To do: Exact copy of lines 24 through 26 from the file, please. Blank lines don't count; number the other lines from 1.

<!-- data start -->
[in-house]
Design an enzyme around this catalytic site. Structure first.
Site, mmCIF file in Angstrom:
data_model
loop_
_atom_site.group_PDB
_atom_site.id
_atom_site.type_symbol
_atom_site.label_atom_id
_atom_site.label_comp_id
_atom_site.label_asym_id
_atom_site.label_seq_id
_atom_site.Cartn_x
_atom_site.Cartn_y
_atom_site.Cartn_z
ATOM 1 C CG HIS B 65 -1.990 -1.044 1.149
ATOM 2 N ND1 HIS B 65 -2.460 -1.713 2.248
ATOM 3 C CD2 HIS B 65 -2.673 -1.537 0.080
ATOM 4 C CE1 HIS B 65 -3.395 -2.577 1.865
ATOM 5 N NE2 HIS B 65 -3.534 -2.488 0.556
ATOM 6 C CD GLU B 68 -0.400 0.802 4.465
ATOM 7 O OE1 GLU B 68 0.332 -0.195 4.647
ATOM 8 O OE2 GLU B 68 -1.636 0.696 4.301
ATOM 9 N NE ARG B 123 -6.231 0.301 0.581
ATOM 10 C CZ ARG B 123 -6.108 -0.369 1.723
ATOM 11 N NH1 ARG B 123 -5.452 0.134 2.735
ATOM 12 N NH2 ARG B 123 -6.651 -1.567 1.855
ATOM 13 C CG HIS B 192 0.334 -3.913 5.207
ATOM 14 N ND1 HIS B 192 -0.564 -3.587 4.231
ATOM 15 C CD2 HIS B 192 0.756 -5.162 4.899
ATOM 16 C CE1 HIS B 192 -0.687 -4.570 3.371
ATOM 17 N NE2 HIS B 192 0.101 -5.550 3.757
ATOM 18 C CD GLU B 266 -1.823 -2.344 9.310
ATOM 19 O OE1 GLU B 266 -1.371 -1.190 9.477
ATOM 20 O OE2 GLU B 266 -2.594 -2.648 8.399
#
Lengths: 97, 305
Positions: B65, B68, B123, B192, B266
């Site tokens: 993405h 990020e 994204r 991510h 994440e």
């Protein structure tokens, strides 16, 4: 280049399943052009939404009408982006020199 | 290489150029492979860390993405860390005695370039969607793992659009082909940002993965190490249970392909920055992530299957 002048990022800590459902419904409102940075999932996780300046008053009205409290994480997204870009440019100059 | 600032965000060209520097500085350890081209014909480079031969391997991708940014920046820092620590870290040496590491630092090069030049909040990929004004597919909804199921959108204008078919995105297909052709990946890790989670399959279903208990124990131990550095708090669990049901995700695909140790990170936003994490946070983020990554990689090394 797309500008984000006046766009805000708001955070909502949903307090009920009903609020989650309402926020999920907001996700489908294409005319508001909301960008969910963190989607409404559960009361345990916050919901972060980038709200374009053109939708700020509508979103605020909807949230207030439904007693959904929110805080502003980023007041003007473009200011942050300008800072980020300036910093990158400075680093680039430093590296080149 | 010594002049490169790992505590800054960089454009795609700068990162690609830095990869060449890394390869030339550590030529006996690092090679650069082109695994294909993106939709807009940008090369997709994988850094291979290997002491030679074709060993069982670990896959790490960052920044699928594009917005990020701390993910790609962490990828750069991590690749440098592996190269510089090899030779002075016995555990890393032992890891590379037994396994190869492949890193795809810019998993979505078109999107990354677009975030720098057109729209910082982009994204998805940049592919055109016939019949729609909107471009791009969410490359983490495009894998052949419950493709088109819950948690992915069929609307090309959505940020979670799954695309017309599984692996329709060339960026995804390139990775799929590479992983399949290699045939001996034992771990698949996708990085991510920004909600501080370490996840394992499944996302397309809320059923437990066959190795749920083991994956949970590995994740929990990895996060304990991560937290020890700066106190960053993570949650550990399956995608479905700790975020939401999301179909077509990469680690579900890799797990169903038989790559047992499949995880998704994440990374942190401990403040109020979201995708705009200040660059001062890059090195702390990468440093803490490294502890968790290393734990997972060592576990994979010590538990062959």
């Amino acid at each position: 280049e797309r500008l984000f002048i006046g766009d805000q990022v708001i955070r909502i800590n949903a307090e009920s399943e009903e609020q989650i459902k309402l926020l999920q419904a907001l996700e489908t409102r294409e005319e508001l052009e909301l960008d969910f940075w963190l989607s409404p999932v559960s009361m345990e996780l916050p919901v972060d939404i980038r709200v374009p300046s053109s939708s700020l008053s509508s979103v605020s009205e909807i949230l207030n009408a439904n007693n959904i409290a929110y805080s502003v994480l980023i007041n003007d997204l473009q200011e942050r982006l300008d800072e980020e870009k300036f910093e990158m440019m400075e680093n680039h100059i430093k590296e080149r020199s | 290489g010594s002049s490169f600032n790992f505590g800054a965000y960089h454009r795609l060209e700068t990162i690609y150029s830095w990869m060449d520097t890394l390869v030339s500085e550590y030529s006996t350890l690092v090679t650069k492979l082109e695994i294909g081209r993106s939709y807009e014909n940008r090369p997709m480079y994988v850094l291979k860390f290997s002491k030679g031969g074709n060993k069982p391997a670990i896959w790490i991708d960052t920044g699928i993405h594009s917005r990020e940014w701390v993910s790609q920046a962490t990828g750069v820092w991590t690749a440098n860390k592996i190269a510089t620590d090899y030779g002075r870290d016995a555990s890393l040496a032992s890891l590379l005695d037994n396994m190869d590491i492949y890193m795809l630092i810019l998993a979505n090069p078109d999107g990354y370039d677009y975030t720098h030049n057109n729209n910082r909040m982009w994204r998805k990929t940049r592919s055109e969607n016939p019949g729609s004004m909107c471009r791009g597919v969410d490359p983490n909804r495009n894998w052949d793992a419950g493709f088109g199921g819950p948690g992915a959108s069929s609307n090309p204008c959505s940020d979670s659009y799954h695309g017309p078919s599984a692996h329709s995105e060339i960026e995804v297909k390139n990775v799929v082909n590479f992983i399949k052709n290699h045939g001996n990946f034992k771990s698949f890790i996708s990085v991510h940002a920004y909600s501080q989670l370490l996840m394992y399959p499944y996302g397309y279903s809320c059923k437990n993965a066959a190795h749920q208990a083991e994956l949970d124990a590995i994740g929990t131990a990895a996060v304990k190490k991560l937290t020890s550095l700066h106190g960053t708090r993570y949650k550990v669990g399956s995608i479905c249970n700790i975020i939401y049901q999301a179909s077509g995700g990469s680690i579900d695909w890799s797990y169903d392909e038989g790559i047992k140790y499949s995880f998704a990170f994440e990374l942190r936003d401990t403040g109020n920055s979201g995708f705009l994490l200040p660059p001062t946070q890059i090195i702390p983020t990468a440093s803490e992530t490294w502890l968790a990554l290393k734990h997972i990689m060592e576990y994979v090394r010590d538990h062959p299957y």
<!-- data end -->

ATOM 9 N NE ARG B 123 -6.231 0.301 0.581
ATOM 10 C CZ ARG B 123 -6.108 -0.369 1.723
ATOM 11 N NH1 ARG B 123 -5.452 0.134 2.735